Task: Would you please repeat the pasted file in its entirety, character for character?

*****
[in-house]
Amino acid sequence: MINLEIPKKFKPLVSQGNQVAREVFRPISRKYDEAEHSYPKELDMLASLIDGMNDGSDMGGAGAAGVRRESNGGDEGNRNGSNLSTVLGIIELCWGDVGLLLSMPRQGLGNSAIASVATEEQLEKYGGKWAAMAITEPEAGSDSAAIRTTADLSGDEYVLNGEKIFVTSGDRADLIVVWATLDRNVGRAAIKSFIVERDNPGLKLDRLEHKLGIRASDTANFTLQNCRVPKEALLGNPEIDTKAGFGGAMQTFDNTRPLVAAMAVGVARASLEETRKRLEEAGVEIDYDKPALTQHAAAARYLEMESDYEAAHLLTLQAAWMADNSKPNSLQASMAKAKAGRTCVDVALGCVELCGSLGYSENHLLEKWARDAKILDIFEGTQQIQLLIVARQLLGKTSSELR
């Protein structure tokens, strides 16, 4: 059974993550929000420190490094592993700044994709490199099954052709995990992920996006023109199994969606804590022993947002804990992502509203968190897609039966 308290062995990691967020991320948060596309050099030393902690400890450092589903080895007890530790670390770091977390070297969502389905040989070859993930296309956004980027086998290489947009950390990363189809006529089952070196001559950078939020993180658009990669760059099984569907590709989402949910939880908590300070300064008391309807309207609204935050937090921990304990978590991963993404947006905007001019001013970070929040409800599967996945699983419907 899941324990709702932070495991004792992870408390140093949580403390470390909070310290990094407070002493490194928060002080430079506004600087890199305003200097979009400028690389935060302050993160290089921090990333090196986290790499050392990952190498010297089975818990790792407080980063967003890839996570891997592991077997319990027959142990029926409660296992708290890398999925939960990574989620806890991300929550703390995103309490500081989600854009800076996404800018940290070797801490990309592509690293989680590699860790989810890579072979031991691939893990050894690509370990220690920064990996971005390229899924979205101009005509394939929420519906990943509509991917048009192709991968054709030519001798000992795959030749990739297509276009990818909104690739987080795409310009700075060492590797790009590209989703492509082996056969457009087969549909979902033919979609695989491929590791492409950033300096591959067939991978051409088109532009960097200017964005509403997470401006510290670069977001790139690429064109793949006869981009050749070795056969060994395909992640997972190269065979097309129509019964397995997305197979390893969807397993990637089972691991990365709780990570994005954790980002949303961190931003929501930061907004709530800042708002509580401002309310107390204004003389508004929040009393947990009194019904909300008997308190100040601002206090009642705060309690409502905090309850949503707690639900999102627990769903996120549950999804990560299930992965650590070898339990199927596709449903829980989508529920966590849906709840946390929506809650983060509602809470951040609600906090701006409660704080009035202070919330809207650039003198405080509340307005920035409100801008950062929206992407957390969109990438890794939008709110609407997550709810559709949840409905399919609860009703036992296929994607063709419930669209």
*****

[in-house]
Amino acid sequence: MINLEIPKKFKPLVSQGNQVAREVFRPISRKYDEAEHSYPKELDMLASLIDGMNDGSDMGGAGAAGVRRESNGGDEGNRNGSNLSTVLGIIELCWGDVGLLLSMPRQGLGNSAIASVATEEQLEKYGGKWAAMAITEPEAGSDSAAIRTTADLSGDEYVLNGEKIFVTSGDRADLIVVWATLDRNVGRAAIKSFIVERDNPGLKLDRLEHKLGIRASDTANFTLQNCRVPKEALLGNPEIDTKAGFGGAMQTFDNTRPLVAAMAVGVARASLEETRKRLEEAGVEIDYDKPALTQHAAAARYLEMESDYEAAHLLTLQAAWMADNSKPNSLQASMAKAKAGRTCVDVALGCVELCGSLGYSENHLLEKWARDAKILDIFEGTQQIQLLIVARQLLGKTSSELR
């Protein structure tokens, strides 16, 4: 059974993550929000420190490094592993700044994709490199099954052709995990992920996006023109199994969606804590022993947002804990992502509203968190897609039966 308290062995990691967020991320948060596309050099030393902690400890450092589903080895007890530790670390770091977390070297969502389905040989070859993930296309956004980027086998290489947009950390990363189809006529089952070196001559950078939020993180658009990669760059099984569907590709989402949910939880908590300070300064008391309807309207609204935050937090921990304990978590991963993404947006905007001019001013970070929040409800599967996945699983419907 899941324990709702932070495991004792992870408390140093949580403390470390909070310290990094407070002493490194928060002080430079506004600087890199305003200097979009400028690389935060302050993160290089921090990333090196986290790499050392990952190498010297089975818990790792407080980063967003890839996570891997592991077997319990027959142990029926409660296992708290890398999925939960990574989620806890991300929550703390995103309490500081989600854009800076996404800018940290070797801490990309592509690293989680590699860790989810890579072979031991691939893990050894690509370990220690920064990996971005390229899924979205101009005509394939929420519906990943509509991917048009192709991968054709030519001798000992795959030749990739297509276009990818909104690739987080795409310009700075060492590797790009590209989703492509082996056969457009087969549909979902033919979609695989491929590791492409950033300096591959067939991978051409088109532009960097200017964005509403997470401006510290670069977001790139690429064109793949006869981009050749070795056969060994395909992640997972190269065979097309129509019964397995997305197979390893969807397993990637089972691991990365709780990570994005954790980002949303961190931003929501930061907004709530800042708002509580401002309310107390204004003389508004929040009393947990009194019904909300008997308190100040601002206090009642705060309690409502905090309850949503707690639900999102627990769903996120549950999804990560299930992965650590070898339990199927596709449903829980989508529920966590849906709840946390929506809650983060509602809470951040609600906090701006409660704080009035202070919330809207650039003198405080509340307005920035409100801008950062929206992407957390969109990438890794939008709110609407997550709810559709949840409905399919609860009703036992296929994607063709419930669209």